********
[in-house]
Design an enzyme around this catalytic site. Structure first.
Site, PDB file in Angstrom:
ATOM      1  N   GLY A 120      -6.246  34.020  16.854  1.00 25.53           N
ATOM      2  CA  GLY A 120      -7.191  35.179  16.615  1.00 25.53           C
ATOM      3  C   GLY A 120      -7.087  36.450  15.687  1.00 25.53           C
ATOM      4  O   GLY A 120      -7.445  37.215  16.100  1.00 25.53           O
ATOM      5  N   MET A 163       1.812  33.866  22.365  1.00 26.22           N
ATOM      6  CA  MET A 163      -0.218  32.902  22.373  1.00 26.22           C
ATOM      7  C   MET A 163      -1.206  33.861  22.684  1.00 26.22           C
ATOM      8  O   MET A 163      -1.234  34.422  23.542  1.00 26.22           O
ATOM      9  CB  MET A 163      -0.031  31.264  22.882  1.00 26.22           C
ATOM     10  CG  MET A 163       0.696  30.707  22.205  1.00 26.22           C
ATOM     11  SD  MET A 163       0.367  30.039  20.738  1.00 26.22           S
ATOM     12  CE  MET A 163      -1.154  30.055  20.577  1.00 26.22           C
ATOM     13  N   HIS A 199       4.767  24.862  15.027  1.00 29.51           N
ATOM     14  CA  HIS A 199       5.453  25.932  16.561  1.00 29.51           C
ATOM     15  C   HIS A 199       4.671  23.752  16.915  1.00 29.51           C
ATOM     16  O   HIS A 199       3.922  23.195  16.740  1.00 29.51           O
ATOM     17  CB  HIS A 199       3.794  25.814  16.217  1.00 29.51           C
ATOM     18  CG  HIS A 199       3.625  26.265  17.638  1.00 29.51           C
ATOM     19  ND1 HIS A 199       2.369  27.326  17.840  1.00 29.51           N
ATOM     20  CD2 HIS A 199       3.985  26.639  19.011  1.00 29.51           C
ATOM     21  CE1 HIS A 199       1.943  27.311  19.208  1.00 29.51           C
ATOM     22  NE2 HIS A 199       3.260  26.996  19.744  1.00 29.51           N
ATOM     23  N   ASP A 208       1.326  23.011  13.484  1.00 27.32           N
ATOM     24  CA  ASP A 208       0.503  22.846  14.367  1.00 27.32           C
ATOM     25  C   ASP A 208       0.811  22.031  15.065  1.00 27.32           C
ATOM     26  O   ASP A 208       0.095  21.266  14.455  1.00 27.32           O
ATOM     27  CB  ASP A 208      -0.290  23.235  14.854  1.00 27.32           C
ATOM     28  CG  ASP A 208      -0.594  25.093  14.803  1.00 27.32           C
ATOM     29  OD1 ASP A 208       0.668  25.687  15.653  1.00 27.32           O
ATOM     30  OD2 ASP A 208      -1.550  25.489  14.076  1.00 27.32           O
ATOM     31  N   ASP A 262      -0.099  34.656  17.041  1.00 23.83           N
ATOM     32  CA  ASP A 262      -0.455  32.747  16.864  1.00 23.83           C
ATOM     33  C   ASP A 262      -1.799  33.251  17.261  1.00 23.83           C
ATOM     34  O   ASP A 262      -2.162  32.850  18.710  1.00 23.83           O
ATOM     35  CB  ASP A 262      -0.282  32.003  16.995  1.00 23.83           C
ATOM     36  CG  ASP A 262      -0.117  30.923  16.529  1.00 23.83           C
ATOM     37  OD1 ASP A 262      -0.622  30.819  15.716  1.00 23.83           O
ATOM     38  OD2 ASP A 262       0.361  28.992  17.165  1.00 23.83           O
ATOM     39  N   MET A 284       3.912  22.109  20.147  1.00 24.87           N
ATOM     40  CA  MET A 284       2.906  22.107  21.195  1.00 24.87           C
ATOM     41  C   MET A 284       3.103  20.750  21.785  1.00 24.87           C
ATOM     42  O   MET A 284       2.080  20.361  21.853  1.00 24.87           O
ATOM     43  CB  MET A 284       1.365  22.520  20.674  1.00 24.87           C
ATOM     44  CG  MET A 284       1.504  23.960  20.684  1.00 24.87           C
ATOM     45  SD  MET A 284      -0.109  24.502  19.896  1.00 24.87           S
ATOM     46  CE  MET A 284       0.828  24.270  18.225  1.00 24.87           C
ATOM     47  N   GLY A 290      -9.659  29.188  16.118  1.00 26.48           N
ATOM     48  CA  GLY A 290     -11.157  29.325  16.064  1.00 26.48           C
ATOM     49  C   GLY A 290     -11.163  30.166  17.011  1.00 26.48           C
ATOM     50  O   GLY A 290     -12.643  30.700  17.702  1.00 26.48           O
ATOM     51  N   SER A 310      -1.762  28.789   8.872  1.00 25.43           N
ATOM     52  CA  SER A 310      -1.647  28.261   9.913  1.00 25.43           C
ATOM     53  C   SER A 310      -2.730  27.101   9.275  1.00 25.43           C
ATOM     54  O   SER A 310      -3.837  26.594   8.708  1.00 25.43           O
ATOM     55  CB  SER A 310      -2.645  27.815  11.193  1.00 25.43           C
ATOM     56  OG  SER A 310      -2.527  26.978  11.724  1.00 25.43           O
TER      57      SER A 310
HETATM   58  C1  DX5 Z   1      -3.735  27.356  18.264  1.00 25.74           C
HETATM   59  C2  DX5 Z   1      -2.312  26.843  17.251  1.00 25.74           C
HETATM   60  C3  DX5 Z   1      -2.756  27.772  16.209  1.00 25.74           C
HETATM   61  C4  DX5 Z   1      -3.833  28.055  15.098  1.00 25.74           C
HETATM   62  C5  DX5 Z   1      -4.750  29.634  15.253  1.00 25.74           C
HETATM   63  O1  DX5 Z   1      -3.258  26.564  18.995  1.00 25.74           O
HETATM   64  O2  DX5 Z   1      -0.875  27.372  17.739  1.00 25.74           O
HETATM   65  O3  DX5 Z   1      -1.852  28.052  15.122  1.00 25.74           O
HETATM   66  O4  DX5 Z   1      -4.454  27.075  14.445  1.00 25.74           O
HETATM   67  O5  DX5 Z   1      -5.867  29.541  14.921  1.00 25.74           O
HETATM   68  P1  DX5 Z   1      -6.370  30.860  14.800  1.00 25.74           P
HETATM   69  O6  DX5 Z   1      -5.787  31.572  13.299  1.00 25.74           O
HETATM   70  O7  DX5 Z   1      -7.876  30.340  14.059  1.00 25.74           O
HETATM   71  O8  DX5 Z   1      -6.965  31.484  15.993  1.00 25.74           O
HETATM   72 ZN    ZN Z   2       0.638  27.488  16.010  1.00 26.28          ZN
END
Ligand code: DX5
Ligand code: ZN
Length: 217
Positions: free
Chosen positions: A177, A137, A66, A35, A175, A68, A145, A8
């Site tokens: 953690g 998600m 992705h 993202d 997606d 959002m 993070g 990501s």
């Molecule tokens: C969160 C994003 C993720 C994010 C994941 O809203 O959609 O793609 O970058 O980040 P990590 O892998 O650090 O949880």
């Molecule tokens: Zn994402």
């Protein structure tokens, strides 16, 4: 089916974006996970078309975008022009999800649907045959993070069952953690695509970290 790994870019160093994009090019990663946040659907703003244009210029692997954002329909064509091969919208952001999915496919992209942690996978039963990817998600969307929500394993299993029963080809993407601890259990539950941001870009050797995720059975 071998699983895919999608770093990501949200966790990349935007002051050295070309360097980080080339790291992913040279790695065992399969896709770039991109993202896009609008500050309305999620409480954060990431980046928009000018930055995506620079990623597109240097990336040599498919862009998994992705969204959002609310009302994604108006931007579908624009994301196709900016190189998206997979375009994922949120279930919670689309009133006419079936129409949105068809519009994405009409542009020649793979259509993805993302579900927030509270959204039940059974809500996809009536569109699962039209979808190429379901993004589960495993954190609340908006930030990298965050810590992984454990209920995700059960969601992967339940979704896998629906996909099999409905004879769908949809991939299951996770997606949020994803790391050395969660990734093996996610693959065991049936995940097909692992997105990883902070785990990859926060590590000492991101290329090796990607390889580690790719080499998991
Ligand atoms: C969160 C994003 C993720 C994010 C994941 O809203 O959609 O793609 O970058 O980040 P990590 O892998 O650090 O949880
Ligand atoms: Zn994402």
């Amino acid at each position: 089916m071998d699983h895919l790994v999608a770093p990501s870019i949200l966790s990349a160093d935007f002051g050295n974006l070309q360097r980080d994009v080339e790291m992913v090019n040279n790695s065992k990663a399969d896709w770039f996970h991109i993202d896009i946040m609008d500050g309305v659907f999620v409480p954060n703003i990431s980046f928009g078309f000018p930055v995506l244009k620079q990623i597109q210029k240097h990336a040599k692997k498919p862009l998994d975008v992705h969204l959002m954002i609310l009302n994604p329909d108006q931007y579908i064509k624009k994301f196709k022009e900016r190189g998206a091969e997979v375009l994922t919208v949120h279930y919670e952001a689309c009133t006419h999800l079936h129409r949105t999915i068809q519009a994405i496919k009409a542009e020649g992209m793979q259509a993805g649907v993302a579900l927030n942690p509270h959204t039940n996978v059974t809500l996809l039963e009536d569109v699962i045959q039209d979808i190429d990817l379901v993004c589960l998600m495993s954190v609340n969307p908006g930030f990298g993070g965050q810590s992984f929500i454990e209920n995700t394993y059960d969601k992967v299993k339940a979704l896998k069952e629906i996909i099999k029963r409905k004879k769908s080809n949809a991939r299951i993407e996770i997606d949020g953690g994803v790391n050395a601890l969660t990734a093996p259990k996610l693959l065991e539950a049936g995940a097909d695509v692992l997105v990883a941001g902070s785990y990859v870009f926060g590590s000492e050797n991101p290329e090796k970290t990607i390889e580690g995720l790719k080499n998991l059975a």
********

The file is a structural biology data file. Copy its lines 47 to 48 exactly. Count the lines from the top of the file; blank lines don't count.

ATOM     44  CG  MET A 284       1.504  23.960  20.684  1.00 24.87           C
ATOM     45  SD  MET A 284      -0.109  24.502  19.896  1.00 24.87           S